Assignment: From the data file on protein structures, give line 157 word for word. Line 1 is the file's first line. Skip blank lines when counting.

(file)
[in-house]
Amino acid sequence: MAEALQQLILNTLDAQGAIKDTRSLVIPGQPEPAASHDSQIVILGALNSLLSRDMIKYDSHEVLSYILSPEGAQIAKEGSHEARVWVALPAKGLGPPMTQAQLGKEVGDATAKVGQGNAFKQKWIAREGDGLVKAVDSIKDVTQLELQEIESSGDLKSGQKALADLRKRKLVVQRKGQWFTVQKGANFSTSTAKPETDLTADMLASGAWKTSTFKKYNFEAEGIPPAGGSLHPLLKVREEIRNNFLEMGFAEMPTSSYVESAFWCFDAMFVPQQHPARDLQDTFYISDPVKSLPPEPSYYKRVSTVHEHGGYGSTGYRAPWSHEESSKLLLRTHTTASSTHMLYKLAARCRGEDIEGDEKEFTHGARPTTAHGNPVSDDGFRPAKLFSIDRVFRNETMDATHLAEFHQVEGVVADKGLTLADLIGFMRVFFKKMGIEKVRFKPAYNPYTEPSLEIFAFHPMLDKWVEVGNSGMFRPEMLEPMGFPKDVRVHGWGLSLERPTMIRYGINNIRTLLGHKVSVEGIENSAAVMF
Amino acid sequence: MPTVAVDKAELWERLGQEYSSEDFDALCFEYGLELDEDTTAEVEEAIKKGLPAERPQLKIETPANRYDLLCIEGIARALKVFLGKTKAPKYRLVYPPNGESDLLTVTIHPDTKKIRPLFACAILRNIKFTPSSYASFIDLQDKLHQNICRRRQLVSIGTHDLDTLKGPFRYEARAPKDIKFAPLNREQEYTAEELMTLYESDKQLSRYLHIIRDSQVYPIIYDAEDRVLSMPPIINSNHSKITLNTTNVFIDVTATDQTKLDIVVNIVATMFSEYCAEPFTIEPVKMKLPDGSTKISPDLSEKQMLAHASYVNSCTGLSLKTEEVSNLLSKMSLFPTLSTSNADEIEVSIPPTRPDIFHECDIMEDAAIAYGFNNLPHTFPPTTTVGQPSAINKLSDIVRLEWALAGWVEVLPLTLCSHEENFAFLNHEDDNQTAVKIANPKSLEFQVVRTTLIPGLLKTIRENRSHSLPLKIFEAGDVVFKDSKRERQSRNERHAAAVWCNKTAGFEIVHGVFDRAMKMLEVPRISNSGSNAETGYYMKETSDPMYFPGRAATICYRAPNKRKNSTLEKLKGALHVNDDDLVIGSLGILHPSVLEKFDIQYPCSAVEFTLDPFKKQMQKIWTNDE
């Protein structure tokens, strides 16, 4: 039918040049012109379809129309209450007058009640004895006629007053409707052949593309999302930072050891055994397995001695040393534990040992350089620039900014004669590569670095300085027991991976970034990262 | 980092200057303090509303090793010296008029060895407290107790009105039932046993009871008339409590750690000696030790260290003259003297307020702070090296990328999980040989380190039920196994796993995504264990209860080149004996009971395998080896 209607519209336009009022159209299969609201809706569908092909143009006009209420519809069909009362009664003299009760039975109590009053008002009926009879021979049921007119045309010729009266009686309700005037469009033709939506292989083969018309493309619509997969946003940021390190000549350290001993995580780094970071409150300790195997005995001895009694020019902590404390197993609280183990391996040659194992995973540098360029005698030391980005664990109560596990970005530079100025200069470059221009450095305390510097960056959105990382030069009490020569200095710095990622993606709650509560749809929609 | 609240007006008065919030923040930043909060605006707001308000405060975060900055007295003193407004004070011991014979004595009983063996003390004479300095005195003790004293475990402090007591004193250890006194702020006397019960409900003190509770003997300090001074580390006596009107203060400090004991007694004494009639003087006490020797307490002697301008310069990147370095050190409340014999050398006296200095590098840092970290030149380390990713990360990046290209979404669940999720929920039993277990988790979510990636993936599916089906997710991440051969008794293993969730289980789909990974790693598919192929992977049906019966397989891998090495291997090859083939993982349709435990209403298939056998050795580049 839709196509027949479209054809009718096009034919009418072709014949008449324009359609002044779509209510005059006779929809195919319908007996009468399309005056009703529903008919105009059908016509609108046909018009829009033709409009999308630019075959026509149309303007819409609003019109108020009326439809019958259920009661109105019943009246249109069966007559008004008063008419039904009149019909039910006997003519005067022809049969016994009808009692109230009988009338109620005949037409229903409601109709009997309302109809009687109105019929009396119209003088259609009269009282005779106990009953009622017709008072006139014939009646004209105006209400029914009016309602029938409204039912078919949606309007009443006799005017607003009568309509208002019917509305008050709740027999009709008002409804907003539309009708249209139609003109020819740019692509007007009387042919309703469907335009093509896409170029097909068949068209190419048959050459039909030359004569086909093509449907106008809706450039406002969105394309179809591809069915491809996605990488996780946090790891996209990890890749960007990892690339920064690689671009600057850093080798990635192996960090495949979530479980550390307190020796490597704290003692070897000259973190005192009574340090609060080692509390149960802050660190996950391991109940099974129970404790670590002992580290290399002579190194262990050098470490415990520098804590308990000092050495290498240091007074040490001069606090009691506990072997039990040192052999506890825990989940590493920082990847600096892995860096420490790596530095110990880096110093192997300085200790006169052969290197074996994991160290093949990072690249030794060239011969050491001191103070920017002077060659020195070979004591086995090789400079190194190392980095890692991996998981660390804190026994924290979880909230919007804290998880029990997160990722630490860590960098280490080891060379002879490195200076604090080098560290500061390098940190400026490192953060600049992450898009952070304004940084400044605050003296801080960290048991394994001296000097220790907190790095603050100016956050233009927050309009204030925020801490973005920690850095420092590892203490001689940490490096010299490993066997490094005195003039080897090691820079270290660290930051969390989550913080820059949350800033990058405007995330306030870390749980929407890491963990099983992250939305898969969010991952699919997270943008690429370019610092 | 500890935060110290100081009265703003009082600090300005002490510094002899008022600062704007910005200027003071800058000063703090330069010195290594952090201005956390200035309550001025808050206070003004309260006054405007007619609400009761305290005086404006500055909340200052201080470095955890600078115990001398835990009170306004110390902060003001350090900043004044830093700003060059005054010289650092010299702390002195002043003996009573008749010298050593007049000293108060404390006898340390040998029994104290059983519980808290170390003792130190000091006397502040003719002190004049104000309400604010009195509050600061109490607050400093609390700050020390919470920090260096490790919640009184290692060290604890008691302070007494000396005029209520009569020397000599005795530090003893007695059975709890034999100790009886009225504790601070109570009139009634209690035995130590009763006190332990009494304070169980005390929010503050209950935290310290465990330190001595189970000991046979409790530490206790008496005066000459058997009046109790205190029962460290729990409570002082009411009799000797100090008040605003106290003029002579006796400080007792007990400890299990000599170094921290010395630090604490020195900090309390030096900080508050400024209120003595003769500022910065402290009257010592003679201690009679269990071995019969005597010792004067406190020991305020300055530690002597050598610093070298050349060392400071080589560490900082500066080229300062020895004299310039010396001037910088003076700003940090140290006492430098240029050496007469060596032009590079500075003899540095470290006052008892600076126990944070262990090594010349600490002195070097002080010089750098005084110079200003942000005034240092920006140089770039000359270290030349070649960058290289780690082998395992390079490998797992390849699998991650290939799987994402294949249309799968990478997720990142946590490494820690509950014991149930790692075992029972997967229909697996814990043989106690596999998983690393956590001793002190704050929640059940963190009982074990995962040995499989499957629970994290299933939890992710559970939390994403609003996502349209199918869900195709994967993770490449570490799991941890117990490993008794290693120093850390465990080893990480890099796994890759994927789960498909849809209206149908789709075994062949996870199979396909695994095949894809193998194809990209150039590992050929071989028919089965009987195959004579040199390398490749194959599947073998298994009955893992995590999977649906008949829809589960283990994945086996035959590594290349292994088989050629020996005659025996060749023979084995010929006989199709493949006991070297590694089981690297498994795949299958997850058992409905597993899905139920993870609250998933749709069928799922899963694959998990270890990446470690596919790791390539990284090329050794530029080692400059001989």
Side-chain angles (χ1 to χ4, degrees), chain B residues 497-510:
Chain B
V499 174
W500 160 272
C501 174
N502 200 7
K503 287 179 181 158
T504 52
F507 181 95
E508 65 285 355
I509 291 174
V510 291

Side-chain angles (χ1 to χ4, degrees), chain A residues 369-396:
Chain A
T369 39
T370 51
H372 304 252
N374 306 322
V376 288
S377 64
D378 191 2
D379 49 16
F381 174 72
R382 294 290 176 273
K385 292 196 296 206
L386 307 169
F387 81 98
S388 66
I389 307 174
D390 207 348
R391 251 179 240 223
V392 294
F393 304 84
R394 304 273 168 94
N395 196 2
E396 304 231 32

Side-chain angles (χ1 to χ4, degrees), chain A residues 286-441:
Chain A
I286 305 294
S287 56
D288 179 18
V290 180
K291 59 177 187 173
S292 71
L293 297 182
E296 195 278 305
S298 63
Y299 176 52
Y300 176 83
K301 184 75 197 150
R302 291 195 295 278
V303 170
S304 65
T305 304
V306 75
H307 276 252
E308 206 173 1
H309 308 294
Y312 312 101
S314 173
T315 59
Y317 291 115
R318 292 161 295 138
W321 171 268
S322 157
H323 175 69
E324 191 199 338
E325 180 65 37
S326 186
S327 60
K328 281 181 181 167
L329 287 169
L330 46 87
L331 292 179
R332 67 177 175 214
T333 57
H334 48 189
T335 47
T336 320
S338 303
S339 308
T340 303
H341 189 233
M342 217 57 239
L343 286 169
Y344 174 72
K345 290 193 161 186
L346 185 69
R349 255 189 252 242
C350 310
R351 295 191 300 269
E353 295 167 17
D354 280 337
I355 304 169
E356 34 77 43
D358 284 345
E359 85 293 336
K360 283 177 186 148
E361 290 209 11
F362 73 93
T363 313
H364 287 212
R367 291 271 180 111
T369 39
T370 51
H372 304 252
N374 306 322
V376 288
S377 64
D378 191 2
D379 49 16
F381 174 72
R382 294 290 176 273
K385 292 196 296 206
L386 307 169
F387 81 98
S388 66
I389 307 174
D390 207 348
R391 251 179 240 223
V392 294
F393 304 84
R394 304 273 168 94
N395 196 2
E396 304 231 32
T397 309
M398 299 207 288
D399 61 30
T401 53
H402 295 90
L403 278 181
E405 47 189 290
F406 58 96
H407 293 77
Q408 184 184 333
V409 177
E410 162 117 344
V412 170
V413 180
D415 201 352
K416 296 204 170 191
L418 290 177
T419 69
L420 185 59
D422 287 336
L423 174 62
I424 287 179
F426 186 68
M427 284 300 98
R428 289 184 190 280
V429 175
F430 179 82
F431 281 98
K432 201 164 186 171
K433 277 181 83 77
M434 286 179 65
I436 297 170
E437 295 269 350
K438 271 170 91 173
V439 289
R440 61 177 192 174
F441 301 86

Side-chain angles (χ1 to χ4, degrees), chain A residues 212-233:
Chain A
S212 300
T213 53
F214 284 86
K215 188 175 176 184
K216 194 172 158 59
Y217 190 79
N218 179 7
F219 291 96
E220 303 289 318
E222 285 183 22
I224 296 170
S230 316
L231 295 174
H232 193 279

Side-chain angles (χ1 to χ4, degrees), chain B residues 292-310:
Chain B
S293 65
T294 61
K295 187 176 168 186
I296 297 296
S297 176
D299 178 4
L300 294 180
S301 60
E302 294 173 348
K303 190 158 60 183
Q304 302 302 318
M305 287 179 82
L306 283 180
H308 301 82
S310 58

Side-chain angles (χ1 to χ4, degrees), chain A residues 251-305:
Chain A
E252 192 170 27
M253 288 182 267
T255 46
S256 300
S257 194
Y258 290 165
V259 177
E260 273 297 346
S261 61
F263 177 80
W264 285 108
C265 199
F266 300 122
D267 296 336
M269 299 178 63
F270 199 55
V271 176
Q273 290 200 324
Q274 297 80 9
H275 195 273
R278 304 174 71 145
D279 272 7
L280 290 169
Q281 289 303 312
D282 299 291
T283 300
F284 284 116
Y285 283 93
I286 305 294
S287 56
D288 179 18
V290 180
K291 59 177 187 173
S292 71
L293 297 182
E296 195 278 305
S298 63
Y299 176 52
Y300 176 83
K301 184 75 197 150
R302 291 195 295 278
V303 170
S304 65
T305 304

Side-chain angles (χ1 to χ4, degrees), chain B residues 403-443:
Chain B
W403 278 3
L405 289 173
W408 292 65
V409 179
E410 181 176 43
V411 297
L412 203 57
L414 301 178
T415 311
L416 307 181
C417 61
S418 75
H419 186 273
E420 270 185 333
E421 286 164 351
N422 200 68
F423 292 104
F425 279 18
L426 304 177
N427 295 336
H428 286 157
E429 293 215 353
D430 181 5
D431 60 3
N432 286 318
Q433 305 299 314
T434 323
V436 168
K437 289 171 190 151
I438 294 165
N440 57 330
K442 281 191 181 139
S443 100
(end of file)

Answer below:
F431 281 98